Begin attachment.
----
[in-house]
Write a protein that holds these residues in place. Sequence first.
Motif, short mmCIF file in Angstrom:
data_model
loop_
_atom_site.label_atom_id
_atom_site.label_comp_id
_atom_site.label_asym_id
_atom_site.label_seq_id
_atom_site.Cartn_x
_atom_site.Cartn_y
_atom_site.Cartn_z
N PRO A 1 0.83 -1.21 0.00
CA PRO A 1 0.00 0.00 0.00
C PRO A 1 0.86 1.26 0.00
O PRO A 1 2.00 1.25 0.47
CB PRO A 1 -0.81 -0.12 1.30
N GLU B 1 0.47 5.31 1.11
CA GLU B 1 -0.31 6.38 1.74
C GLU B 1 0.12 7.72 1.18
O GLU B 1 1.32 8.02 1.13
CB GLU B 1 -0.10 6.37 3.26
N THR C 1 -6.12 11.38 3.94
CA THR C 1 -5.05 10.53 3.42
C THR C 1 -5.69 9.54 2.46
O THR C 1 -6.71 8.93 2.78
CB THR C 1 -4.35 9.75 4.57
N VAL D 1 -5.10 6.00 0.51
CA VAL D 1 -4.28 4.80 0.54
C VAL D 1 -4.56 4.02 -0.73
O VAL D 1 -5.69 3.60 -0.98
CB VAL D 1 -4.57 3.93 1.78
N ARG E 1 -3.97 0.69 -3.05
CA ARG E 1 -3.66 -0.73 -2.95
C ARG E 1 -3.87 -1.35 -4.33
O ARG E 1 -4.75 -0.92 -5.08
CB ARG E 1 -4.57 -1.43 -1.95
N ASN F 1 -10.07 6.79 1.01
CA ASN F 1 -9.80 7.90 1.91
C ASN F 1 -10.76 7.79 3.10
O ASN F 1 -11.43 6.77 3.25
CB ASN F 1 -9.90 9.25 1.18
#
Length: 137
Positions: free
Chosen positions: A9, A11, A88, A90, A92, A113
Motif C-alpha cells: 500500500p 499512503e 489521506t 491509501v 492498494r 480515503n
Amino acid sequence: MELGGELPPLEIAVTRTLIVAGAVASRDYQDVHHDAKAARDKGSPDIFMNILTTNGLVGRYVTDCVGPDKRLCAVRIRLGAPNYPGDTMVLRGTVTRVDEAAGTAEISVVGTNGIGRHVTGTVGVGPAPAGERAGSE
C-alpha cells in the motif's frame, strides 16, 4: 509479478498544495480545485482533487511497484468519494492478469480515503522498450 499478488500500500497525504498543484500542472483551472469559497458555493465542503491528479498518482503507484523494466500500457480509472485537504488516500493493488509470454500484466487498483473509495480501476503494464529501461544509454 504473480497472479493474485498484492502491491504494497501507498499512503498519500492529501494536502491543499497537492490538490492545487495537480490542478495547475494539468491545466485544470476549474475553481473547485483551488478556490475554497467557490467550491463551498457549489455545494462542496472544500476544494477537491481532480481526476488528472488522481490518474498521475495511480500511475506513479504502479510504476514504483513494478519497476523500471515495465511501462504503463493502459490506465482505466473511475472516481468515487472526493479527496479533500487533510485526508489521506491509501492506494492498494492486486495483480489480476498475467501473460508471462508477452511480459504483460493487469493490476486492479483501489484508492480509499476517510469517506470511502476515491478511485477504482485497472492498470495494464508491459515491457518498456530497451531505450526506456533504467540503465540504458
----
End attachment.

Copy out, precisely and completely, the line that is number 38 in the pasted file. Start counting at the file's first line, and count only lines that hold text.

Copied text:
N ASN F 1 -10.07 6.79 1.01